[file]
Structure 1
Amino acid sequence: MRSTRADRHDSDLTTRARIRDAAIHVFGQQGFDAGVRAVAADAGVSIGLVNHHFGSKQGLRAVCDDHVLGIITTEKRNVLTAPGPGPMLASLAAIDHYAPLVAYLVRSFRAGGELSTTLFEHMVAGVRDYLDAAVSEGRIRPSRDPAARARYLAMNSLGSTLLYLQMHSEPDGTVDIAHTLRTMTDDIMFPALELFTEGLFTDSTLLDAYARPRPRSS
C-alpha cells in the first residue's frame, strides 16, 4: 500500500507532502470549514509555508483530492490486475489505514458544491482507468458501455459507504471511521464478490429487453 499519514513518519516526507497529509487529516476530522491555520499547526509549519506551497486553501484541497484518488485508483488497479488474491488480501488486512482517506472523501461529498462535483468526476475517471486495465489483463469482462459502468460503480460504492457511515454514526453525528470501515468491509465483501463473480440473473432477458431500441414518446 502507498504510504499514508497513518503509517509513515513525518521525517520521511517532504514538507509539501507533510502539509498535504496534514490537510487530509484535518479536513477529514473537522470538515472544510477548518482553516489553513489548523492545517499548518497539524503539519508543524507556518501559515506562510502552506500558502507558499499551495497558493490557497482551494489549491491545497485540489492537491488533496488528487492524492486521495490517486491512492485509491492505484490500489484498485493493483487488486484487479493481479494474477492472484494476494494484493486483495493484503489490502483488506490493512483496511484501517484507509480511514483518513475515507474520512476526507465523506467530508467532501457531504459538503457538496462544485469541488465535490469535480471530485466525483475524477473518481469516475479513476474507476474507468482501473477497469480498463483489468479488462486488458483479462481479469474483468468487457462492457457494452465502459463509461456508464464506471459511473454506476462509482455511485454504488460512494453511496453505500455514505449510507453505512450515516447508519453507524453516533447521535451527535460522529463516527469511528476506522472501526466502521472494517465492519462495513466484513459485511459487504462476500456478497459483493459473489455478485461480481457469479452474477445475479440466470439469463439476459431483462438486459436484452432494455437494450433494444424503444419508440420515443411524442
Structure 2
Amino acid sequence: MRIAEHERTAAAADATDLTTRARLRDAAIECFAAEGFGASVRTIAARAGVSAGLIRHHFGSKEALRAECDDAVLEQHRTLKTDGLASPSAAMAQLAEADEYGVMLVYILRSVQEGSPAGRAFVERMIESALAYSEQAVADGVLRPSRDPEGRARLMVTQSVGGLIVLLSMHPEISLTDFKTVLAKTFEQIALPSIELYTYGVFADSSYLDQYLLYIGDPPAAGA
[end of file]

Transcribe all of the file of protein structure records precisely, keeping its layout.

Structure 1
Amino acid sequence: MRSTRADRHDSDLTTRARIRDAAIHVFGQQGFDAGVRAVAADAGVSIGLVNHHFGSKQGLRAVCDDHVLGIITTEKRNVLTAPGPGPMLASLAAIDHYAPLVAYLVRSFRAGGELSTTLFEHMVAGVRDYLDAAVSEGRIRPSRDPAARARYLAMNSLGSTLLYLQMHSEPDGTVDIAHTLRTMTDDIMFPALELFTEGLFTDSTLLDAYARPRPRSS
C-alpha cells in the first residue's frame, strides 16, 4: 500500500507532502470549514509555508483530492490486475489505514458544491482507468458501455459507504471511521464478490429487453 499519514513518519516526507497529509487529516476530522491555520499547526509549519506551497486553501484541497484518488485508483488497479488474491488480501488486512482517506472523501461529498462535483468526476475517471486495465489483463469482462459502468460503480460504492457511515454514526453525528470501515468491509465483501463473480440473473432477458431500441414518446 502507498504510504499514508497513518503509517509513515513525518521525517520521511517532504514538507509539501507533510502539509498535504496534514490537510487530509484535518479536513477529514473537522470538515472544510477548518482553516489553513489548523492545517499548518497539524503539519508543524507556518501559515506562510502552506500558502507558499499551495497558493490557497482551494489549491491545497485540489492537491488533496488528487492524492486521495490517486491512492485509491492505484490500489484498485493493483487488486484487479493481479494474477492472484494476494494484493486483495493484503489490502483488506490493512483496511484501517484507509480511514483518513475515507474520512476526507465523506467530508467532501457531504459538503457538496462544485469541488465535490469535480471530485466525483475524477473518481469516475479513476474507476474507468482501473477497469480498463483489468479488462486488458483479462481479469474483468468487457462492457457494452465502459463509461456508464464506471459511473454506476462509482455511485454504488460512494453511496453505500455514505449510507453505512450515516447508519453507524453516533447521535451527535460522529463516527469511528476506522472501526466502521472494517465492519462495513466484513459485511459487504462476500456478497459483493459473489455478485461480481457469479452474477445475479440466470439469463439476459431483462438486459436484452432494455437494450433494444424503444419508440420515443411524442
Structure 2
Amino acid sequence: MRIAEHERTAAAADATDLTTRARLRDAAIECFAAEGFGASVRTIAARAGVSAGLIRHHFGSKEALRAECDDAVLEQHRTLKTDGLASPSAAMAQLAEADEYGVMLVYILRSVQEGSPAGRAFVERMIESALAYSEQAVADGVLRPSRDPEGRARLMVTQSVGGLIVLLSMHPEISLTDFKTVLAKTFEQIALPSIELYTYGVFADSSYLDQYLLYIGDPPAAGA